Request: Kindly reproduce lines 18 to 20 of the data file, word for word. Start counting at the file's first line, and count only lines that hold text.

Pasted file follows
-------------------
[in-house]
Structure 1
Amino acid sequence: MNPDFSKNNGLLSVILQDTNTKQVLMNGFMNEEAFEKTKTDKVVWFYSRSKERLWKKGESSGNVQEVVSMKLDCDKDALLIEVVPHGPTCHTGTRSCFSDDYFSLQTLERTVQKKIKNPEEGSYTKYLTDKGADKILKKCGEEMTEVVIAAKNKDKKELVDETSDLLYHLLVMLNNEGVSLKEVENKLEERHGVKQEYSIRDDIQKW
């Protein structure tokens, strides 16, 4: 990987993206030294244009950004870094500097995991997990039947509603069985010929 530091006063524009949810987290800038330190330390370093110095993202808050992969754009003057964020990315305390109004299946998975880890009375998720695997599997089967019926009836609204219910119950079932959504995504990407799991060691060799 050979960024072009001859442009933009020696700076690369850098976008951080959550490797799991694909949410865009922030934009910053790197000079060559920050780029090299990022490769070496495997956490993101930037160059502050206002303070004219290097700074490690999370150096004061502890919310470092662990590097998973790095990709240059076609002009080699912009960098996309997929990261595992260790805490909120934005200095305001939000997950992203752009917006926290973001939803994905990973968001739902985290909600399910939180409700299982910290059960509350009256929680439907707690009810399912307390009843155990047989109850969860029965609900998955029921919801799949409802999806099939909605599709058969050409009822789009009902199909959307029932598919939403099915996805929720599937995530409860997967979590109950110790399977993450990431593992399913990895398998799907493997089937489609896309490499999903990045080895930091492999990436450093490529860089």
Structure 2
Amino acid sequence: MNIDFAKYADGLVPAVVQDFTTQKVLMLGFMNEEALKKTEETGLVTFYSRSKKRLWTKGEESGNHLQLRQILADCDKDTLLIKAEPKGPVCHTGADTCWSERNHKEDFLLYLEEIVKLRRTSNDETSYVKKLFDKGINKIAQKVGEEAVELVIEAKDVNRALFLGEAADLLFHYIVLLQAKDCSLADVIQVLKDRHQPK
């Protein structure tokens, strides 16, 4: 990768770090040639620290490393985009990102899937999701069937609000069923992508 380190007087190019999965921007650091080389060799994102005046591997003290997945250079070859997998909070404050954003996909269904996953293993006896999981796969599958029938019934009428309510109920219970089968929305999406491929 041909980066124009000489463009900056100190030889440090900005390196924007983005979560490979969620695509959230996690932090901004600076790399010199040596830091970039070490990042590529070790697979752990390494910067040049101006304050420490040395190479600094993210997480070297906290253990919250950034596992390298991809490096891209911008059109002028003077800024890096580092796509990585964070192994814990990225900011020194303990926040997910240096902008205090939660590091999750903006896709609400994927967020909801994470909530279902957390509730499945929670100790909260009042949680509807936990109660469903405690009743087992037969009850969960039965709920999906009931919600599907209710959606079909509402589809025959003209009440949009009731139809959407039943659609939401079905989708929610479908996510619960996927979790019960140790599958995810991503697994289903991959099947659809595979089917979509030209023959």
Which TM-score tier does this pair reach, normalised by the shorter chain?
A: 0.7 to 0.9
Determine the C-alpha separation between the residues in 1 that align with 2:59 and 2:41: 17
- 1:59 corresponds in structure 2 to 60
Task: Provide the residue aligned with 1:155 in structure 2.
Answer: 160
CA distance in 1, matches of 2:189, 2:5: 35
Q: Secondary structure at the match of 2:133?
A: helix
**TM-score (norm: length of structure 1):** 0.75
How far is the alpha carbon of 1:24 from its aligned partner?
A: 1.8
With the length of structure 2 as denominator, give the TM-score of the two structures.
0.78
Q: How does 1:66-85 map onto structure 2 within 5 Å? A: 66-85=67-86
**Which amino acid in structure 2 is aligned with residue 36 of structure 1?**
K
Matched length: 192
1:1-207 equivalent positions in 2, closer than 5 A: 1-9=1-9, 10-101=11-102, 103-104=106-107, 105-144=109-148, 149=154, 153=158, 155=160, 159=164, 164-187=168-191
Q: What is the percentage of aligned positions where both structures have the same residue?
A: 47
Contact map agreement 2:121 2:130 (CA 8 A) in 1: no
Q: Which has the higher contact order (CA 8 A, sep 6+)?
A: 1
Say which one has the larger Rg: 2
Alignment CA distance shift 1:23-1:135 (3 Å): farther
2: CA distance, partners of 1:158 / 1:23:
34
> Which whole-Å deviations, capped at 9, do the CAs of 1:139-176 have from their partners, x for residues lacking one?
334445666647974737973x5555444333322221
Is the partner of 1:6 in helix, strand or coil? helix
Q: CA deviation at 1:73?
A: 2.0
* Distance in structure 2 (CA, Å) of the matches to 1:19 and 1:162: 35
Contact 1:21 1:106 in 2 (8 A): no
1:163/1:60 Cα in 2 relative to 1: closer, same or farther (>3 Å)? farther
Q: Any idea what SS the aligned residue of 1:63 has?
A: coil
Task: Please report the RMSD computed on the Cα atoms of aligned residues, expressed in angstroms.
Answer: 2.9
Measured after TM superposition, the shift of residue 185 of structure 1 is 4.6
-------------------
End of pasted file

How far is the alpha carbon of 1:24 from its aligned partner?
A: 1.8
With the length of structure 2 as denominator, give the TM-score of the two structures.